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Deerfield Inn completes 2011 flood repairs

  • Recorder/Paul Franz<br/>Innkeeper Jane Howard shows how high the Deerfield River flooded the lower level of the Deerfield Inn.

    Recorder/Paul Franz
    Innkeeper Jane Howard shows how high the Deerfield River flooded the lower level of the Deerfield Inn. Purchase photo reprints »

  • Recorder/Paul Franz<br/>Karl Sabo and Jane Howard with the sign of the Deerfild Inn

    Recorder/Paul Franz
    Karl Sabo and Jane Howard with the sign of the Deerfild Inn Purchase photo reprints »

  • Recorder/Paul Franz<br/>Innkeepers Jane Howard and Karl Sabo, left, and other staff behind the new wrap around bar at the renovated and improved Deerfield Inn.

    Recorder/Paul Franz
    Innkeepers Jane Howard and Karl Sabo, left, and other staff behind the new wrap around bar at the renovated and improved Deerfield Inn. Purchase photo reprints »

  • Recorder/Paul Franz<br/>The new bar at Champney's at The Deerfield Inn

    Recorder/Paul Franz
    The new bar at Champney's at The Deerfield Inn Purchase photo reprints »

  • Recorder/Paul Franz<br/>Innkeeper Jane Howard shows how high the Deerfield River flooded the lower level of the Deerfield Inn.
  • Recorder/Paul Franz<br/>Karl Sabo and Jane Howard with the sign of the Deerfild Inn
  • Recorder/Paul Franz<br/>Innkeepers Jane Howard and Karl Sabo, left, and other staff behind the new wrap around bar at the renovated and improved Deerfield Inn.
  • Recorder/Paul Franz<br/>The new bar at Champney's at The Deerfield Inn

In August 2011, Irene sent a swollen Deerfield River rushing into the historic wooden building, flooding it with 5 feet of water. Damage spread throughout the 2½-story inn as the moisture seeped into the walls and ceilings.

The old blue nameplate hanging at the entrance was cracked. The sidewalks and brick siding of the building loosened and splintered.

Like many of the rooms, inside the Beehive Parlor, the front room used for tea and cocktails, yellow historic wallpaper as thick as parchment began to peel from the walls. By the doorway of the Fireplace Lobby, the white ceiling severed and split.

The damage required the innkeepers to upgrade the electrical, heating and ventilation systems and redo the sewer lines. The inn also needed to meet new fire and building codes that have become law since the inn first opened in 1884.

With the help of the inn’s owners, Historic Deerfield Inc. — the nonprofit dedicated to the heritage and preservation of Deerfield and the Connecticut River Valley —innkeepers Karl Sabo and Jane Howard pumped $500,000 of insurance money into the project.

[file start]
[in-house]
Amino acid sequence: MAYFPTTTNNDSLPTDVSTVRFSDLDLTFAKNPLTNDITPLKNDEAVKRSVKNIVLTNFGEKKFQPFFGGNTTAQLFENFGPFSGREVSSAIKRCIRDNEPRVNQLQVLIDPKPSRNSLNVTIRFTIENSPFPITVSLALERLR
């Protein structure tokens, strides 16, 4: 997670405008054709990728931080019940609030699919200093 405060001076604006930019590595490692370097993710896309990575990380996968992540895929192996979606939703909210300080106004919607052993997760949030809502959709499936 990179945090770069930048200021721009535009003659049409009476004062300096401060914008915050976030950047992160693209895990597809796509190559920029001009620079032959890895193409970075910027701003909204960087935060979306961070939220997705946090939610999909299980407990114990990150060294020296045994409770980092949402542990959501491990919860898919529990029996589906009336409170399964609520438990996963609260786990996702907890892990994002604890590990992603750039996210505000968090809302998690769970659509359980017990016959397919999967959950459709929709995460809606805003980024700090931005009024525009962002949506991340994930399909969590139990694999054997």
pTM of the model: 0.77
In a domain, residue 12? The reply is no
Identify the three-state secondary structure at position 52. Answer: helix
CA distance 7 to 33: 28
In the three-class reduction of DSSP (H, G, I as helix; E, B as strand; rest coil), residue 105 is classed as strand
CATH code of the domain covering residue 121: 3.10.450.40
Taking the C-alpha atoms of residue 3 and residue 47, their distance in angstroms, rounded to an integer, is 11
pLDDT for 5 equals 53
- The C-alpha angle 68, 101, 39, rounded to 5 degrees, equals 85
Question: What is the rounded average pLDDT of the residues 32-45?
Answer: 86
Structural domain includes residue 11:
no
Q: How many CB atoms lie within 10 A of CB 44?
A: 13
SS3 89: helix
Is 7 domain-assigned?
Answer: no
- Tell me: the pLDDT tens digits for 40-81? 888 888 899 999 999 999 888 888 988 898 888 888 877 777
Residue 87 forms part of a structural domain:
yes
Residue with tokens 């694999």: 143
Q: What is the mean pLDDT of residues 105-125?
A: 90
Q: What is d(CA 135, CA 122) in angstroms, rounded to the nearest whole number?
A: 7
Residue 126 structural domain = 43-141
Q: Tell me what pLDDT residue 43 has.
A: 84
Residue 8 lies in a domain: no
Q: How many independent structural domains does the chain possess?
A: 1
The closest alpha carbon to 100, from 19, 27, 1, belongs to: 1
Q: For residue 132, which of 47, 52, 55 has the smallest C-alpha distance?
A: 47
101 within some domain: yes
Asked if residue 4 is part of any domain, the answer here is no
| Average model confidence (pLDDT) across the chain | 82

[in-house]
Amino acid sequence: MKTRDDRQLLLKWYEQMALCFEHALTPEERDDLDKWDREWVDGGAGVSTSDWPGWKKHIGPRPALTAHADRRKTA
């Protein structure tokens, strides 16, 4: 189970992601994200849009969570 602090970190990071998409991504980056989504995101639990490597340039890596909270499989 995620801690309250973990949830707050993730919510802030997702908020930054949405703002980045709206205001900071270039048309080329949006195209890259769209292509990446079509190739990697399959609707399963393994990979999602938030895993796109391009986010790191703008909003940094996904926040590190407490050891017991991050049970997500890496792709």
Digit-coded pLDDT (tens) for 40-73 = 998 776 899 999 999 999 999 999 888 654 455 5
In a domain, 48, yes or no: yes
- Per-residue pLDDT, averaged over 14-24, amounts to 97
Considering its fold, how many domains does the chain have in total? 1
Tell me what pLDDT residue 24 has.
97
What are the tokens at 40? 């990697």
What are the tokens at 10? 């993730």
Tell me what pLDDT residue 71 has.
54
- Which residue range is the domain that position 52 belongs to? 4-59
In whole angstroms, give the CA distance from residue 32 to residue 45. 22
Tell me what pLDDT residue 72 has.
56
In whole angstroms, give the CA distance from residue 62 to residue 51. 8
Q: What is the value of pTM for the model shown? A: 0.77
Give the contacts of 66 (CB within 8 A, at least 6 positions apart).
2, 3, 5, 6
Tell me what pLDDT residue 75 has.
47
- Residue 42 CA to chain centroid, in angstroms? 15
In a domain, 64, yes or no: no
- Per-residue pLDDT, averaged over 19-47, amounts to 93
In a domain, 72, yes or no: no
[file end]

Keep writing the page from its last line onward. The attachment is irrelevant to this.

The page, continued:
The 129-year-old inn located in Old Deerfield has 24 guest rooms and dining.

Along with the restorations, the innkeepers have taken a chance to update. Champney’s Restaurant and Tavern is where guests will see the biggest change. The innkeepers have re-configured the main floor of the tavern to accommodate a 20-seat bar and dining for about 110 people. Previously, the bar had four seats and the tavern had 35 seats.

“We wanted a place for the community to gather,” Sabo said. “The small tavern we had previously was popular. We wanted to build more of what we thought was popular.” The plan is to emphasize New England dining featuring local foods and beer.

The new executive chef is Matt Skobrak of Connecticut. He has worked at Crab Apple Farm in Chesterfield and cooked at the Mohegan Sun and Foxwoods casinos and is a graduate of the New England Culinary Institute.

He plans to introduce casual local dining. “I know both experiences on the farms and restaurants,” Skobrak said. “I know (farmers) struggles and I also know what it takes to put food in a restaurant.”

The tavern will get its produce from the Small Farm and Atlas Farm in Deerfield and the Kitchen Garden in Sunderland. It will get its goat cheese to make flat bread dishes from Sangha Farm in Ashfield. The pork and hamburgers will come from the inn’s neighbor, Yazwinski Farm.

Dishes will change depending on what farmers can provide.

At the new 20-seat bar, customers can expect 12 local beers on taps. The restaurant has a new beer program, in which half of the taps are devoted to local breweries. There will be three taps each for Berkshire Brewing Company, People’s Pint Brewery and Lefty’s Brewing Company. Four other beers — Dogfish Head (a nationally known Delaware brewery run by a Greenfield native), Jack’s Abby, Allagash and Guinness — will also be on tap.

For the opening, People’s Pint and Lefty’s are brewing two special beers.

Prices run the gamut from $6 for a bowl of soup to $85 for a 24-inch steak.

At the inn, guests will find much is familiar when they enter the Fireplace Lobby. Next door, the yellow Beehive Parlor remains the place for cocktails.

The Sabos worked to keep the popular parlor the same.

A local wallpaper manufacturer, John Christianson, found the print of the beehive on plates at Historic Deerfield. With ink screening, he was able to recreate the paper.

The inn will also keep its formal dining section, though smaller. The seating has decreased from 120 seats to 50 to add more space to the abutting tavern.

In June, the Deerfield Inn will have a grand opening.

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